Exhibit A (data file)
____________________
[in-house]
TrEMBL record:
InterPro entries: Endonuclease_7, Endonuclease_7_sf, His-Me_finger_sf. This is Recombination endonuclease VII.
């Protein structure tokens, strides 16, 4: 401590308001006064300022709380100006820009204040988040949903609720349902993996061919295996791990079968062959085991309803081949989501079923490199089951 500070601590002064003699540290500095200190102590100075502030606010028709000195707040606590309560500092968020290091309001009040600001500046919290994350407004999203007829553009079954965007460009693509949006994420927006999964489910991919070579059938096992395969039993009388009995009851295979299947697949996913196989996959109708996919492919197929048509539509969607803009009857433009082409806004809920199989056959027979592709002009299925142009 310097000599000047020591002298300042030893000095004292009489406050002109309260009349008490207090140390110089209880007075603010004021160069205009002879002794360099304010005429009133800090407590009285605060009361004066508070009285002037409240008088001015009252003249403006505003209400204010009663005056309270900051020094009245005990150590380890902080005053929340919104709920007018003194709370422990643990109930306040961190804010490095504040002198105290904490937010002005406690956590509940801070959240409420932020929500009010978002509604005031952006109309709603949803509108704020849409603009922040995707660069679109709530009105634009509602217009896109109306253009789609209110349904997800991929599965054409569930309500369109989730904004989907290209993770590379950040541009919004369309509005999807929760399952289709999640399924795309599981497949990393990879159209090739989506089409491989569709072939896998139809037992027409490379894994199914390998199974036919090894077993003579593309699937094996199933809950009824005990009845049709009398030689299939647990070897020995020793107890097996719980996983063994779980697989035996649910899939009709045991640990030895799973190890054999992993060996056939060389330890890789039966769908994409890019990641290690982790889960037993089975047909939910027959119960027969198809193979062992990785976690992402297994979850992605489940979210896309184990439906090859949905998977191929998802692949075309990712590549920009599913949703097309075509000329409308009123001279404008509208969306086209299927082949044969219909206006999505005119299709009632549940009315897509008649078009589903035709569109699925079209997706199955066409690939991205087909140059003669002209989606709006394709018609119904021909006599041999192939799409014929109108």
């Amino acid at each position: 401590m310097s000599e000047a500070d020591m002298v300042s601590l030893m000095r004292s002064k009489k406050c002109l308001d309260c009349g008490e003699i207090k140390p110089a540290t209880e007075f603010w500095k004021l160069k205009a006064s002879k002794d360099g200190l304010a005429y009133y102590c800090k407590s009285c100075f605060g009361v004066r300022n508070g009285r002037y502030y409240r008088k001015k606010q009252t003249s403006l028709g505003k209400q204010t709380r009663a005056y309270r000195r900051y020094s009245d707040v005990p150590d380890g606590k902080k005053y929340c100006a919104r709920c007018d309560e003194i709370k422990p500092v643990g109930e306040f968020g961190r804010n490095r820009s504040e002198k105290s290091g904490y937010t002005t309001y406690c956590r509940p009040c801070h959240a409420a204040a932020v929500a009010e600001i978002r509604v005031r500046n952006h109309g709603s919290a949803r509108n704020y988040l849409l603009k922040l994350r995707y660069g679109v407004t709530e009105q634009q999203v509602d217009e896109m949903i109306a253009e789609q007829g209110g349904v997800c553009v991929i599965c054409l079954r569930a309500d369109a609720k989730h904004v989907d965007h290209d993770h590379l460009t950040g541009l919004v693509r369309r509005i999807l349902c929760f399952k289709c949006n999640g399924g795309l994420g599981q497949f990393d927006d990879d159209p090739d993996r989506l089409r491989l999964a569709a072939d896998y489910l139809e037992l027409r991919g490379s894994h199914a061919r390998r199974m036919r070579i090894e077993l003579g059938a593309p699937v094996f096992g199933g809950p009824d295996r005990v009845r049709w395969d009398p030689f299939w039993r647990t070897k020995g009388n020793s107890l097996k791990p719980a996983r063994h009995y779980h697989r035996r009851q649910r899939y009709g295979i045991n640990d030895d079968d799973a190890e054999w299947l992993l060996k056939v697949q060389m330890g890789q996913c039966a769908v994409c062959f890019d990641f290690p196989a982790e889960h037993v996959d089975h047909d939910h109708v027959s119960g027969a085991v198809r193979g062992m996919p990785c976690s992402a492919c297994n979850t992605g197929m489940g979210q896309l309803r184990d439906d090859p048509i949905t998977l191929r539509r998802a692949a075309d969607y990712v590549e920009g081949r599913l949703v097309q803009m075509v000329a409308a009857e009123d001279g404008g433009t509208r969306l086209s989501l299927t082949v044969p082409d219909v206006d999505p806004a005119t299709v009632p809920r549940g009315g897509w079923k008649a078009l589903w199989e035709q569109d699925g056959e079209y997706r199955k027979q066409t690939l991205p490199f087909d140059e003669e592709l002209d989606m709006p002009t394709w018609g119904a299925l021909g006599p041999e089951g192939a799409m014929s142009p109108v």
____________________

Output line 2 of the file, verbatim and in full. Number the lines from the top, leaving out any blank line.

TrEMBL record: